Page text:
Inspecting and Resolving Underpayments Faster

This is an excerpt from our ebook, “The Hidden Cost of Payment Variance: How to Stop Underpayments From Undermining Your Practice.” Get the ebook free here.

Keep lost revenue and lost time from compounding.

Once an insurance payer handles your claim, your staff has already invested hours in the billing process—from verifying coverage before treatment to monitoring adjudication after a claim is submitted. Every claim that comes back underpaid represents not only lost revenue but lost time.

Streamline Your Review & Appeals Processes

Because most states give payers 30–45 days to pay claims, you could wait over a month for payment, only to realize you were underpaid. To keep lost revenue and lost time from compounding, it’s critical that you identify and resolve underpayments as quickly as possible. 

Here are five ways to streamline your review and appeals processes so you can maximize the speed and accuracy of payments:

1. Set up a cadence for timely review of all payments.

You can’t bill patients for their responsibility until you verify that their insurance company has paid the correct amount. That’s why you need to review all payments as you receive them. To do so, you need automation tools to cross-check the contract terms, fee schedules, and explanation of benefits against every line item in your claims.

2. Convert 835 remittance files into a readable format.

Leverage your automation system to make reviewing your 835 transaction data easier. The 835 (healthcare claim payment and remittance advice) provides an explanation of benefits, including how much was paid, denied, reduced, bundled, split, covered by other payers (including the patient), and how payment was made.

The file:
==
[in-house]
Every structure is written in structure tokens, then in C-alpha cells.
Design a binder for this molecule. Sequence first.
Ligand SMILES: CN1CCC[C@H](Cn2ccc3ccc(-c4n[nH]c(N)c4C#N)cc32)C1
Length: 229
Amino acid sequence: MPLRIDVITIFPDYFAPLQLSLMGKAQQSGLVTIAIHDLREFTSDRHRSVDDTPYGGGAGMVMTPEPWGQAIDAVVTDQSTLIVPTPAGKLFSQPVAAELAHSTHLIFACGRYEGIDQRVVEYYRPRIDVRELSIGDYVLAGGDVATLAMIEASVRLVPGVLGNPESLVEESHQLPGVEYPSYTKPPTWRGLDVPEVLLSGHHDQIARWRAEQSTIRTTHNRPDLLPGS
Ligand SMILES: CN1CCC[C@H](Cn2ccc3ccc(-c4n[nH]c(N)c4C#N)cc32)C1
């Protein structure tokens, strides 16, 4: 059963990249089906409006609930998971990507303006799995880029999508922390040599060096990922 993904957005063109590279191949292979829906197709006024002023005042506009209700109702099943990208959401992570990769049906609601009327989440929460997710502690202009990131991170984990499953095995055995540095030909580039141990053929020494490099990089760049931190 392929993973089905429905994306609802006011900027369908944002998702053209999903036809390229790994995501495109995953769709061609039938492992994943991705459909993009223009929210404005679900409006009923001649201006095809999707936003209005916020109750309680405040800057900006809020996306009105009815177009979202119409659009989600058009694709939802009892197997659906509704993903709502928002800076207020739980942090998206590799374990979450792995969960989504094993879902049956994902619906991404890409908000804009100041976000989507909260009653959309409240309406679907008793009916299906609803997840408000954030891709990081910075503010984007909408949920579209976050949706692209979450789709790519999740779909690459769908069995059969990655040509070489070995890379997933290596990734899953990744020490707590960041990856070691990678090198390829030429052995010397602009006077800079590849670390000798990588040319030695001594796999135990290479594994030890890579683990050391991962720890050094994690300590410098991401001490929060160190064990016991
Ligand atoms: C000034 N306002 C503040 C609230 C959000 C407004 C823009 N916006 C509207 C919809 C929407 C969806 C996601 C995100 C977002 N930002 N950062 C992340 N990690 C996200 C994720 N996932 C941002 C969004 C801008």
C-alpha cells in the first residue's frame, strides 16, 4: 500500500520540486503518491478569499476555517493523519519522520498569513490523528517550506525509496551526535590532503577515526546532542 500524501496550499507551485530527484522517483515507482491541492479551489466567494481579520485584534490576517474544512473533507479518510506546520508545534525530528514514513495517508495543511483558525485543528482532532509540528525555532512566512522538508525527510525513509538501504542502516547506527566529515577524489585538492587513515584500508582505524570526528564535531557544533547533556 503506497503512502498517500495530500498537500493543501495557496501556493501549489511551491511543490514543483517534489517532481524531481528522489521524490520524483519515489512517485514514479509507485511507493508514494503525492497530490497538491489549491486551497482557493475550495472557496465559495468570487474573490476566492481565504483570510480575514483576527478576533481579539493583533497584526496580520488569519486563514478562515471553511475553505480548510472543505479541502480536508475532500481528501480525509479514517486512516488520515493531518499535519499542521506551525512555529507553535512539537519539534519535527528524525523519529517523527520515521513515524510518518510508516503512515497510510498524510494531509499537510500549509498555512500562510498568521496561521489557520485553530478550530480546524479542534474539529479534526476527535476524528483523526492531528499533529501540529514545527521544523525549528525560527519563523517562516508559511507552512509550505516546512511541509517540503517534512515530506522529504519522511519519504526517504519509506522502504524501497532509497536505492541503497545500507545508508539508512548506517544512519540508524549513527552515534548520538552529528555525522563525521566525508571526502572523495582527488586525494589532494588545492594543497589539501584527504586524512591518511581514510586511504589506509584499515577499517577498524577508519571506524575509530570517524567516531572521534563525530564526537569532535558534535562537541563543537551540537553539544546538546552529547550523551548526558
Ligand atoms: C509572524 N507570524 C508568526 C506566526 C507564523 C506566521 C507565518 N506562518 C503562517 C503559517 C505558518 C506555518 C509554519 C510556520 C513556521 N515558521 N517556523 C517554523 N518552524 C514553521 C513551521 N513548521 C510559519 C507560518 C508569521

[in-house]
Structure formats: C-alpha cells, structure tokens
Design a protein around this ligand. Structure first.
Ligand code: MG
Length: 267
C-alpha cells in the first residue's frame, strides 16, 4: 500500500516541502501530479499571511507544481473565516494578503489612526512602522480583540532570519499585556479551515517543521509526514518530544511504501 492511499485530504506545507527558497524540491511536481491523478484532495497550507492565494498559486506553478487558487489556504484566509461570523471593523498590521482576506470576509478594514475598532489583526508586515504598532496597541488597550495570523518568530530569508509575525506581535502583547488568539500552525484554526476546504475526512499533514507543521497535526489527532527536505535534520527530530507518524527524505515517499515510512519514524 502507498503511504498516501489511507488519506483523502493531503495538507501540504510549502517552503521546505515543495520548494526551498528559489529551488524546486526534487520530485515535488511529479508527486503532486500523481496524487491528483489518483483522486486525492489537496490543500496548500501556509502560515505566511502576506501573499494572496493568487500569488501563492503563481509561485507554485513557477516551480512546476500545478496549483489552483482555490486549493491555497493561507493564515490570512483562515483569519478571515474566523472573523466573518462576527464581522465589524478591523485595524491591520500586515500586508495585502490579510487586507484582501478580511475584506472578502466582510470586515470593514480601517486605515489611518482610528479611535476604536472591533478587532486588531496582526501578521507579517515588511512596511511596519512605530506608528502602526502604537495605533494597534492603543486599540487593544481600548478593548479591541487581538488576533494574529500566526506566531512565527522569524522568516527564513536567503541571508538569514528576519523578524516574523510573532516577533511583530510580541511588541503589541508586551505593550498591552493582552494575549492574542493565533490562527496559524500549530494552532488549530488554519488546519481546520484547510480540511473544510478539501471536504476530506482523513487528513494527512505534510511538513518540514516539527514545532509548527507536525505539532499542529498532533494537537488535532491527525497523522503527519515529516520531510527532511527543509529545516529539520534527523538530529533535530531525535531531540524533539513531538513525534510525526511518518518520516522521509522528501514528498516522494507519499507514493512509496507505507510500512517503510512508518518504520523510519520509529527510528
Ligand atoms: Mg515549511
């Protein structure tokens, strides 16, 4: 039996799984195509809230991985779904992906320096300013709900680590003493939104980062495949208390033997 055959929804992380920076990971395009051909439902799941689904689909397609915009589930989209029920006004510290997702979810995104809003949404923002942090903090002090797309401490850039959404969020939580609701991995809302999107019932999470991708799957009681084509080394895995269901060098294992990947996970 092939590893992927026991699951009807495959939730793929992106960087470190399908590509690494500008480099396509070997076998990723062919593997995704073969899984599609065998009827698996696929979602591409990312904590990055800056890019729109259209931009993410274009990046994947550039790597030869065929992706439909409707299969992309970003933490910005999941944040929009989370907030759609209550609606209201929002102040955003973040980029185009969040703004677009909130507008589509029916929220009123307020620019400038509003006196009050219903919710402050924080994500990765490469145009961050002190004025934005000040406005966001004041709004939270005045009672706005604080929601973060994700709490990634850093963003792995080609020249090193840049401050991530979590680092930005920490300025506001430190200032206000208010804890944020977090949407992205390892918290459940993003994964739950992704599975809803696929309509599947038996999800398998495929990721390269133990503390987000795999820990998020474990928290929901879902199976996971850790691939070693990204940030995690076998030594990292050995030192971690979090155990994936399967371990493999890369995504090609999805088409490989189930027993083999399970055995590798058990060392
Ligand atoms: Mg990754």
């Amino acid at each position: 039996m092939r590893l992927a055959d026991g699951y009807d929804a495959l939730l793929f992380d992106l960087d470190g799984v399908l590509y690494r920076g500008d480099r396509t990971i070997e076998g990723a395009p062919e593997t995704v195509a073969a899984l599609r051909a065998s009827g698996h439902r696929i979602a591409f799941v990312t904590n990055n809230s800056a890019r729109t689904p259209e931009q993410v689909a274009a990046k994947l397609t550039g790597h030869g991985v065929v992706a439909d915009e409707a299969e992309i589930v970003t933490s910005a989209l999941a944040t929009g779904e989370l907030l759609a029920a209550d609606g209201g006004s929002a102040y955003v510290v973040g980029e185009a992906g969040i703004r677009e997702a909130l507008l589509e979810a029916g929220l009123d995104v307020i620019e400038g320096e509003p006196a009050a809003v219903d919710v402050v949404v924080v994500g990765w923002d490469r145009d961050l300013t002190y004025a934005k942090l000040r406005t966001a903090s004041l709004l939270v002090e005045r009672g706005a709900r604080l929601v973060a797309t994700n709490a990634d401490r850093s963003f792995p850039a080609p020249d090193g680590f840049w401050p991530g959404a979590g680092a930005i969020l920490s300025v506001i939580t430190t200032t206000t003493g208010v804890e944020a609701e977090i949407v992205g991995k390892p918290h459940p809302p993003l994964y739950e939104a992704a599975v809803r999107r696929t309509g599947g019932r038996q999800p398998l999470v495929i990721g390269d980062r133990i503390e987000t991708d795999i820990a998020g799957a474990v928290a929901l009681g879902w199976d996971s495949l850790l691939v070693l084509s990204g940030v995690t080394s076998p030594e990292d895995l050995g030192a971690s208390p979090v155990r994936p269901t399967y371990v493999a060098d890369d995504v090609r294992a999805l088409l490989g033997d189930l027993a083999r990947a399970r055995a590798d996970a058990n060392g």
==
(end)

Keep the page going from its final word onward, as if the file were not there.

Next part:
3. Group procedure codes and modifiers that cause underpayment.

Rather than approaching each case of payment variance as a one-off issue, drill down into your claims data to identify patterns. For example, if you find that claims with certain procedure codes or modifiers are frequently underpaid by one payer, check payments from other payers for the same mistakes.

4. Segment payers and monitor their performance.

Prepare, submit, and review claims from each individual payer in batches. That way, you can identify recurring mistakes—such as mis-credentialed providers or old fee schedules. If a payer routinely underpays, contact your rep to request that mistakes be corrected right away. And, when it’s time to renegotiate your contract, leverage this “hassle factor” to make your case for more favorable terms.

5. Submit appeals on time and through the right channels.

Keep track of each payer’s timeline and process for appeals so you can respond quickly when your review process uncovers payment variance. If you take too long to identify an underpayment, you risk losing your chance to appeal—and your cash.

Bill Patients Right the First Time

When payers adjudicate claims incorrectly, your practice and your patients experience a “trickle down effect.” First, the wrong payment is posted to a patient’s account, then the patient is billed for the wrong amount (usually more than they actually owe), then your practice has to send a new bill and explain the mistake.

Even if these errors are corrected quickly, getting multiple billing statements—and learning they were overcharged—can cause confusion, frustration, and dissatisfaction for otherwise happy patients. The best way to avoid this scenario is to identify underpayments and resolve appeals before you bill.

Appeal Before You Bill

From a collections standpoint, it’s best to make billing as simple as possible. Your patients shouldn’t have to understand allowables or payment variance just to pay their bill.

The key reason for identifying and resolving underpayments quickly is so you can bill patients right the first time—after you receive the correct insurance adjudication.

To learn more about how to identify and resolve payment variance, download our ebook, “The Hidden Cost of Payment Variance: How to Stop Underpayments From Undermining Your Practice.”

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